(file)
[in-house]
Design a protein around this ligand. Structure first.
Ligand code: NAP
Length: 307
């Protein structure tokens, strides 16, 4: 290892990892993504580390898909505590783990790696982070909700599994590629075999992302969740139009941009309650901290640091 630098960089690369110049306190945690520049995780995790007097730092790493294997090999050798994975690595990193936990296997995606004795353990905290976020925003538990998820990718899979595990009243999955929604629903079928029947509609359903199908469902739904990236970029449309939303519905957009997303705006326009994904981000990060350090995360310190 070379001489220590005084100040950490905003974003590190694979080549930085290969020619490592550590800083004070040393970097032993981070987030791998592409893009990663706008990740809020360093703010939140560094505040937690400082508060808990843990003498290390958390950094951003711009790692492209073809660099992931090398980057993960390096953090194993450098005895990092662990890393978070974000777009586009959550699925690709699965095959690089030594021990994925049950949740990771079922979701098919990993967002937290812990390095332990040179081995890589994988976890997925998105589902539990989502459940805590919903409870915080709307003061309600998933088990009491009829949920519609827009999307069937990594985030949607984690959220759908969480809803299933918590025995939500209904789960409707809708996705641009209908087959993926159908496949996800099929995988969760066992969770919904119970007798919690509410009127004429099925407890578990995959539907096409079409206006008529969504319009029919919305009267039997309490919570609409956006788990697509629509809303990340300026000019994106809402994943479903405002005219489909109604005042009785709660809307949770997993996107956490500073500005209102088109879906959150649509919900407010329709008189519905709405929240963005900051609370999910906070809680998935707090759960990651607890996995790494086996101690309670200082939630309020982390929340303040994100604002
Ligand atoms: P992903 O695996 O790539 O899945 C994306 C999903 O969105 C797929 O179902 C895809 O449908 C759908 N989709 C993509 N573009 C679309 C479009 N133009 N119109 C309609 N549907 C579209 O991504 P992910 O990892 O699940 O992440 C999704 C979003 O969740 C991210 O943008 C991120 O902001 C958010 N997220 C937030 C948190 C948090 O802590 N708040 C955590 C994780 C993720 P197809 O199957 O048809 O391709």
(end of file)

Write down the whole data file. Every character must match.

[in-house]
Design a protein around this ligand. Structure first.
Ligand code: NAP
Length: 307
């Protein structure tokens, strides 16, 4: 290892990892993504580390898909505590783990790696982070909700599994590629075999992302969740139009941009309650901290640091 630098960089690369110049306190945690520049995780995790007097730092790493294997090999050798994975690595990193936990296997995606004795353990905290976020925003538990998820990718899979595990009243999955929604629903079928029947509609359903199908469902739904990236970029449309939303519905957009997303705006326009994904981000990060350090995360310190 070379001489220590005084100040950490905003974003590190694979080549930085290969020619490592550590800083004070040393970097032993981070987030791998592409893009990663706008990740809020360093703010939140560094505040937690400082508060808990843990003498290390958390950094951003711009790692492209073809660099992931090398980057993960390096953090194993450098005895990092662990890393978070974000777009586009959550699925690709699965095959690089030594021990994925049950949740990771079922979701098919990993967002937290812990390095332990040179081995890589994988976890997925998105589902539990989502459940805590919903409870915080709307003061309600998933088990009491009829949920519609827009999307069937990594985030949607984690959220759908969480809803299933918590025995939500209904789960409707809708996705641009209908087959993926159908496949996800099929995988969760066992969770919904119970007798919690509410009127004429099925407890578990995959539907096409079409206006008529969504319009029919919305009267039997309490919570609409956006788990697509629509809303990340300026000019994106809402994943479903405002005219489909109604005042009785709660809307949770997993996107956490500073500005209102088109879906959150649509919900407010329709008189519905709405929240963005900051609370999910906070809680998935707090759960990651607890996995790494086996101690309670200082939630309020982390929340303040994100604002
Ligand atoms: P992903 O695996 O790539 O899945 C994306 C999903 O969105 C797929 O179902 C895809 O449908 C759908 N989709 C993509 N573009 C679309 C479009 N133009 N119109 C309609 N549907 C579209 O991504 P992910 O990892 O699940 O992440 C999704 C979003 O969740 C991210 O943008 C991120 O902001 C958010 N997220 C937030 C948190 C948090 O802590 N708040 C955590 C994780 C993720 P197809 O199957 O048809 O391709």